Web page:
136. 136.
    Hasson T, Walsh J, Cable J, Mooseker MS, Brown SD, Steel KP (1997) Effects of shaker-1 mutations on myosin-VIIa protein and mRNA expression. Cell Motil Cytoskeleton 37:127–138PubMedGoogle Scholar
  137. 137.
    Hasson T, Gillespie PG, Garcia JA, MacDonald RB, Zhao Y, Yee AG, Mooseker MS, Corey DP (1997) Unconventional myosins in inner-ear sensory epithelia. J Cell Biol 137:1287–1307PubMedGoogle Scholar
  138. 138.
    Weil D, Blanchard S, Kaplan J, Guilford P, Gibson F, Walsh J, Mburu P, Varela A, Levilliers J, Weston MD, Kelley PM, Kimberling WJ, Wagenaar M, Levi-Acobas F, Larget-Piet D, Munnich A, Steel KP, Brown SDM, Petit C (1995) Defective myosin VIIA gene responsible for Usher syndrome type 1B. Nature 374:60–61PubMedGoogle Scholar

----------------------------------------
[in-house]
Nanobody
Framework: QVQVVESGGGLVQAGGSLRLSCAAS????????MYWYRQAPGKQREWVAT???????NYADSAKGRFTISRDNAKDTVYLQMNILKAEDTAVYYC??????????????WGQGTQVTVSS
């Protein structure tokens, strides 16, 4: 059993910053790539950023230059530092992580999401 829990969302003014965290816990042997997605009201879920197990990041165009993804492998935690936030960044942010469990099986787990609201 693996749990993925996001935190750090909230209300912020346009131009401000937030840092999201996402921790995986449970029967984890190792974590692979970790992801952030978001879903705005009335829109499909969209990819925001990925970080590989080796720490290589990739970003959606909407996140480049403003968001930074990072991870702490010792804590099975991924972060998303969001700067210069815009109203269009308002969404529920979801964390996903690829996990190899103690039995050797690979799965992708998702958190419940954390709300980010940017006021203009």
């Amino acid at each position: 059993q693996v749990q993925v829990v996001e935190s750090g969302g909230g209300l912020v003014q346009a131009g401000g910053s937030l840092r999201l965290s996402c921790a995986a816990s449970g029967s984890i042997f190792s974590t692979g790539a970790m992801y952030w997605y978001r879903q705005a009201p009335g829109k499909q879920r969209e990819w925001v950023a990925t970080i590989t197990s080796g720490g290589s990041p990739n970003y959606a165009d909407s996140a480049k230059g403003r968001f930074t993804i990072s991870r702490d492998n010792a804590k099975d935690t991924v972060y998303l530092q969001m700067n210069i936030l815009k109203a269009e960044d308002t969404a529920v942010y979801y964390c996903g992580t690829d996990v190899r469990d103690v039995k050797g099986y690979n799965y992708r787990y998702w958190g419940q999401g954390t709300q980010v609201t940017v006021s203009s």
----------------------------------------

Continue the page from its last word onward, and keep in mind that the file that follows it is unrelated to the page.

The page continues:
139. 139.
    Gibson F, Walsh J, Mburu P, Varela A, Brown KA, Antonio M, Beisel KW, Steel KP, Brown SD (1995) A type VII myosin encoded by the mouse deafness gene shaker-1. Nature 374:62–64PubMedGoogle Scholar
  140. 140.
    Self T, Mahony M, Fleming J, Walsh J, Brown SD, Steel KP (1998) Shaker-1 mutations reveal roles for myosin VIIA in both development and function of cochlear hair cells. Development 125:557–566PubMedGoogle Scholar
  141. 141.
    Boeda B, El-Amraoui A, Bahloul A, Goodyear R, Daviet L, Blanchard S, Perfettini I, Fath KR, Shorte S, Reiners J, Houdusse A, Legrain P, Wolfrum U, Richardson G, Petit C (2002) Myosin VIIa, harmonin and cadherin 23, three Usher I gene products that cooperate to shape the sensory hair cell bundle. EMBO J 21:6689–6699PubMedGoogle Scholar
  142. 142.